Piet Mahu was born September 5th, 1917 in the village of Stoppeldijk as the eldest son in a family of ten children – five boys and five girls. After graduation from primary school at the age of 13, he attended the former School of Trade in Hulst from which he graduated succesfully at the age of 17.
He started his carreer at the Rotterdam Bank in Hulst where he was employed for several years before being drafted into compulsory military service. In February 1938, his 21st birthday, he joined the Royal Dutch Navy as student pilot-NCO. After basic flight training at De Kooy and the MOK, where he was trained on both land- and seaplanes, he was dispatched to the Dutch East-Indies for a period of two years.
After training at the Surabaya Flightschool, he was made ready for service on the Dornier Do-24 flyingboat which was in use at the time and was posted to GVT-8, initially as 2nd pilot but he rapidly became 1st pilot, flying numerous pre-war patrolflights over the vast island-empire. During these missions, often lasting three months or more, he gained valuable experience and acquainted himself thoroughly with the work of the Naval Air Service. Piet Mahu met all expectations, was charged with ever growing responsibility and sometimes had to act indepently. He came through this period with flying colors and fulfilled everything that was expected of him.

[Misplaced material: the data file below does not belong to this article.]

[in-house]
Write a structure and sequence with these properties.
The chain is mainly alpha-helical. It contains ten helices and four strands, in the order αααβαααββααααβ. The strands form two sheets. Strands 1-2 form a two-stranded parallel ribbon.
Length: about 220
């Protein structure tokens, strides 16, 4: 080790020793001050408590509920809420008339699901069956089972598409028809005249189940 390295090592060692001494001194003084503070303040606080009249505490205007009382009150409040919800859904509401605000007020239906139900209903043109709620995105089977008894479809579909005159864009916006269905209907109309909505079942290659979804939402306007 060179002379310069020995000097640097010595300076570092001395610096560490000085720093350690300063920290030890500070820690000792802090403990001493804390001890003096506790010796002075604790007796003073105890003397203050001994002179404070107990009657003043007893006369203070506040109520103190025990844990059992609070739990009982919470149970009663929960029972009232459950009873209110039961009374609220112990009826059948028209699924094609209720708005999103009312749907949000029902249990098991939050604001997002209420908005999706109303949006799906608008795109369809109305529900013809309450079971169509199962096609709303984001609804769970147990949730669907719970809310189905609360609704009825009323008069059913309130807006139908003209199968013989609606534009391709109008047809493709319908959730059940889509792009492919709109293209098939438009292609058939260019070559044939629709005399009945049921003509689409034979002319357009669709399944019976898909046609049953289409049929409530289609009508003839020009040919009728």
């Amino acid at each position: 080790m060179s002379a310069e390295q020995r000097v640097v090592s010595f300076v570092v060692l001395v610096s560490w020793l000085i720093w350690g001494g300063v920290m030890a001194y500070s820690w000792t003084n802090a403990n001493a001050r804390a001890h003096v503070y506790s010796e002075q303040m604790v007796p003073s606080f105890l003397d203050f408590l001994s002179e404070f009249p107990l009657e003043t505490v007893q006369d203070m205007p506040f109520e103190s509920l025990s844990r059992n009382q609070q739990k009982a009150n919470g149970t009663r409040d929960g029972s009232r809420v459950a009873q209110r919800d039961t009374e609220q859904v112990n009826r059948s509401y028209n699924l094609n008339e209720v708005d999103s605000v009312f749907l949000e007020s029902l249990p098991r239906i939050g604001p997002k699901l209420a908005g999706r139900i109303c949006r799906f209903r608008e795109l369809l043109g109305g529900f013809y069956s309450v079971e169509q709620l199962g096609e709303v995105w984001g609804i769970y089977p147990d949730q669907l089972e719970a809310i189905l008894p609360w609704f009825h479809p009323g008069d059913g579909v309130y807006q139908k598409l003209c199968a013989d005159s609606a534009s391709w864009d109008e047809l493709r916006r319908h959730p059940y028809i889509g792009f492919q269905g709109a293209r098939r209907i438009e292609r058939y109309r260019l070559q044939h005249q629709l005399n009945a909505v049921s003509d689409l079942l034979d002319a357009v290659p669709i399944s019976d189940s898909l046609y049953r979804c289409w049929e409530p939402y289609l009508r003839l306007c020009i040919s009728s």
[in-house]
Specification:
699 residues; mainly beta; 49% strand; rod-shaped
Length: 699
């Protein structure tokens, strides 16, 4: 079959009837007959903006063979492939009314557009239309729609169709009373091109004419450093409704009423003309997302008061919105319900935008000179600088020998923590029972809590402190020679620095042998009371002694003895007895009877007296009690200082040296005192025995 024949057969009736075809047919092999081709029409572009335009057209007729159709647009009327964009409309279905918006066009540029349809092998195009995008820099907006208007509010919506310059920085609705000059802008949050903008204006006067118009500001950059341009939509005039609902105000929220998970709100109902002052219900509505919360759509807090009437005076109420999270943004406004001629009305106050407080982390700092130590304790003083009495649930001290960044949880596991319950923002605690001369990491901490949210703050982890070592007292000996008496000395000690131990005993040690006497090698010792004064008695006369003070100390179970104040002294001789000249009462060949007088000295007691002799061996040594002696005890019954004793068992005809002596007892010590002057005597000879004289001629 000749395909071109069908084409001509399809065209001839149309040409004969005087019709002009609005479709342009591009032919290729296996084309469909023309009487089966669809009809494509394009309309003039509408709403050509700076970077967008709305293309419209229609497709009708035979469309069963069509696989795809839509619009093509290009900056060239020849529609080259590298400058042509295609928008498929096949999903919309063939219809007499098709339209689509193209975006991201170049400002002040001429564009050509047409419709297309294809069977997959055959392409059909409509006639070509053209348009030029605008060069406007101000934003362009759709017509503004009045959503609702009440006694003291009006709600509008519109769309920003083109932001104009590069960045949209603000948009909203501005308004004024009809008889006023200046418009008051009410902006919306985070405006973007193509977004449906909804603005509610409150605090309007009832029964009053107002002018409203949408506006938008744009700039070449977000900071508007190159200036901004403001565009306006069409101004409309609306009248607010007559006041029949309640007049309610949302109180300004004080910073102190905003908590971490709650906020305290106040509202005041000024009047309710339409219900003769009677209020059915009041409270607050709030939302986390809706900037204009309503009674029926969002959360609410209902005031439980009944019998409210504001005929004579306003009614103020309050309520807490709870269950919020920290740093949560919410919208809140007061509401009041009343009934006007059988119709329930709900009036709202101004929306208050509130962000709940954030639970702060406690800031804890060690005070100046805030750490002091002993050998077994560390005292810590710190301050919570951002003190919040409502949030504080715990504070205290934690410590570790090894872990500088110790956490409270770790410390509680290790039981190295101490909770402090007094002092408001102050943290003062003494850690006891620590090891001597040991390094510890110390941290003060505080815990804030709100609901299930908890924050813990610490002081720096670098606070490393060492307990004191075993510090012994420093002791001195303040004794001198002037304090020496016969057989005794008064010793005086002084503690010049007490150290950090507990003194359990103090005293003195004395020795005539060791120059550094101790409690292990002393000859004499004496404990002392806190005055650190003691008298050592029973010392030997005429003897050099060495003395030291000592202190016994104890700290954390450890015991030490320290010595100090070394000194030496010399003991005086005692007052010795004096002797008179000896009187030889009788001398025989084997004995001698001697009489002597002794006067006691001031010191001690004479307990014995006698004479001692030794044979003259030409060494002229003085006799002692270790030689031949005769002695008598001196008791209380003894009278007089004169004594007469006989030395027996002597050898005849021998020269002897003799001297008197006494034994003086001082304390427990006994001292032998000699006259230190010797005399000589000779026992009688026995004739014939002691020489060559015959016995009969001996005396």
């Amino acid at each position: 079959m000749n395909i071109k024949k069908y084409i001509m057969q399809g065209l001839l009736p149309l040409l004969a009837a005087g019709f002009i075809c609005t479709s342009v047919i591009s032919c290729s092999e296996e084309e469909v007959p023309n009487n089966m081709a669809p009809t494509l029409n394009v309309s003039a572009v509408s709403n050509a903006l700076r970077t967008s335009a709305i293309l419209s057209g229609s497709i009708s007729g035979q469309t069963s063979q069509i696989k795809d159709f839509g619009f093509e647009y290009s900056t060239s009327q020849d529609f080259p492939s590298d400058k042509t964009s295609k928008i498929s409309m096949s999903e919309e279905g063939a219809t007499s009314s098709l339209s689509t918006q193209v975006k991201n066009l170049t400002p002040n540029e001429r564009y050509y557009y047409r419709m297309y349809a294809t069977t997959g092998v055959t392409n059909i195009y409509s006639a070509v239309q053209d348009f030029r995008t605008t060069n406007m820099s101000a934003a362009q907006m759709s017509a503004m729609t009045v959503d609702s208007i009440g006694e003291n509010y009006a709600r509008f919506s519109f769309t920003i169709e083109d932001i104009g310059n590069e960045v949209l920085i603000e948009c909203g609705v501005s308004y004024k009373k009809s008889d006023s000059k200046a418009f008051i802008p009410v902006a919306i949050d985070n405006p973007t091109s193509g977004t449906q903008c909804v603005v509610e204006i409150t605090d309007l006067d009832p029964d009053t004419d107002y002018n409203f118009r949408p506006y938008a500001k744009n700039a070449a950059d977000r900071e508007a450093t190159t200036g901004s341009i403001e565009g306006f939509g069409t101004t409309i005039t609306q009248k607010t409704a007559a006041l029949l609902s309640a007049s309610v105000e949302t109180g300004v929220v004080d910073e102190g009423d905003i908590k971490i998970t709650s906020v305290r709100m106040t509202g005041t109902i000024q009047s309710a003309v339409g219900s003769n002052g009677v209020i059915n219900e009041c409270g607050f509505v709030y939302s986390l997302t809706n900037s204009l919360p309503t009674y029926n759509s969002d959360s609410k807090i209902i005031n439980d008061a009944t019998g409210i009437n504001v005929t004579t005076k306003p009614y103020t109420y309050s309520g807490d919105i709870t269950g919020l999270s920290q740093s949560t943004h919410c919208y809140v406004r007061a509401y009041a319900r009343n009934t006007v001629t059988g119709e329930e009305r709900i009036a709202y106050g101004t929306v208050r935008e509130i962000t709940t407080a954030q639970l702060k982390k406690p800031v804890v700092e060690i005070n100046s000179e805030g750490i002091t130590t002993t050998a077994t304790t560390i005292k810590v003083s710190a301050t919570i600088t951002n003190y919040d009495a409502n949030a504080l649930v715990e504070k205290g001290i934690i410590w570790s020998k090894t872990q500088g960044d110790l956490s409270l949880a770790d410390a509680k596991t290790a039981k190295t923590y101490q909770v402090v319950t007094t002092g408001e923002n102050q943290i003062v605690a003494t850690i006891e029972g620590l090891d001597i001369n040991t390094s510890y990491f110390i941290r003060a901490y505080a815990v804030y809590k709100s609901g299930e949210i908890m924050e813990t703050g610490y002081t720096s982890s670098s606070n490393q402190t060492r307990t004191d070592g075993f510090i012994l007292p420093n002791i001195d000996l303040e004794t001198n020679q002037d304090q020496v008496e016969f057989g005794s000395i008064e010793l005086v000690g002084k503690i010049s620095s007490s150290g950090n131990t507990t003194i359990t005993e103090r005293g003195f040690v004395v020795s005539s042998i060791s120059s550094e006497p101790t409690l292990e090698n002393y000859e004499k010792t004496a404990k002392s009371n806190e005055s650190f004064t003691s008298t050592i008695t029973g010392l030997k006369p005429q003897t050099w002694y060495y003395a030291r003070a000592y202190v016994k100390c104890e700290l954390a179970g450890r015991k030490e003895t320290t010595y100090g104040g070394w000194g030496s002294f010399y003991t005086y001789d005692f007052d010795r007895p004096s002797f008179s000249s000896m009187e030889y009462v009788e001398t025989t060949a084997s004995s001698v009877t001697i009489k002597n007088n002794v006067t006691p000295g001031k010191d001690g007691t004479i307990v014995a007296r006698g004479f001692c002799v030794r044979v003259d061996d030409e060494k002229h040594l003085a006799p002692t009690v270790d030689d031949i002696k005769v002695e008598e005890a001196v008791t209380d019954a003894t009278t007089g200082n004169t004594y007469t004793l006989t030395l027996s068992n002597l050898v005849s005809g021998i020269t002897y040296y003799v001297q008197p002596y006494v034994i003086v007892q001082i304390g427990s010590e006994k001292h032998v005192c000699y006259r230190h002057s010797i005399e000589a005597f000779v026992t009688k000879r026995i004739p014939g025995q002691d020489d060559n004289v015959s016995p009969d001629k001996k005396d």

The period of gaining experience and reconnoitering this vast area came to an sudden end when first the Netherlands entered into the war in May 1940 and later on when the Dutch East-Indies were occupied by the Japanese in 1941. GVT-8, Piet’s unit was stationed in the South Chinese Sea at the time. Piet Mahu took part in numerous actions, performed his duties and more than that. Long reconnaissance flights, carrying bombs and often short periods of rest. He was a great help to his commander, LtZ van den End, RDNR (Royal Dutch Naval Reserve) who had to rely heavily on Sgt. Mahu due to his lack of experience. He supported him as much as he could and forged the crew of his flyingboat into a well-oiled team.
For Sgt. Mahu and his crew, the end of their struggle came on February 24th, 1942. After the succesful bombing of a Japanese vessel near Muntok, two flyingboats on their return flight to Tandjung Priok, encountererd a formation of Japanese Naval aircraft. In the end, both flyingboats were shot down by a superior enemy force. Sgt. Mahu and his crew lost their lives in the X-17.
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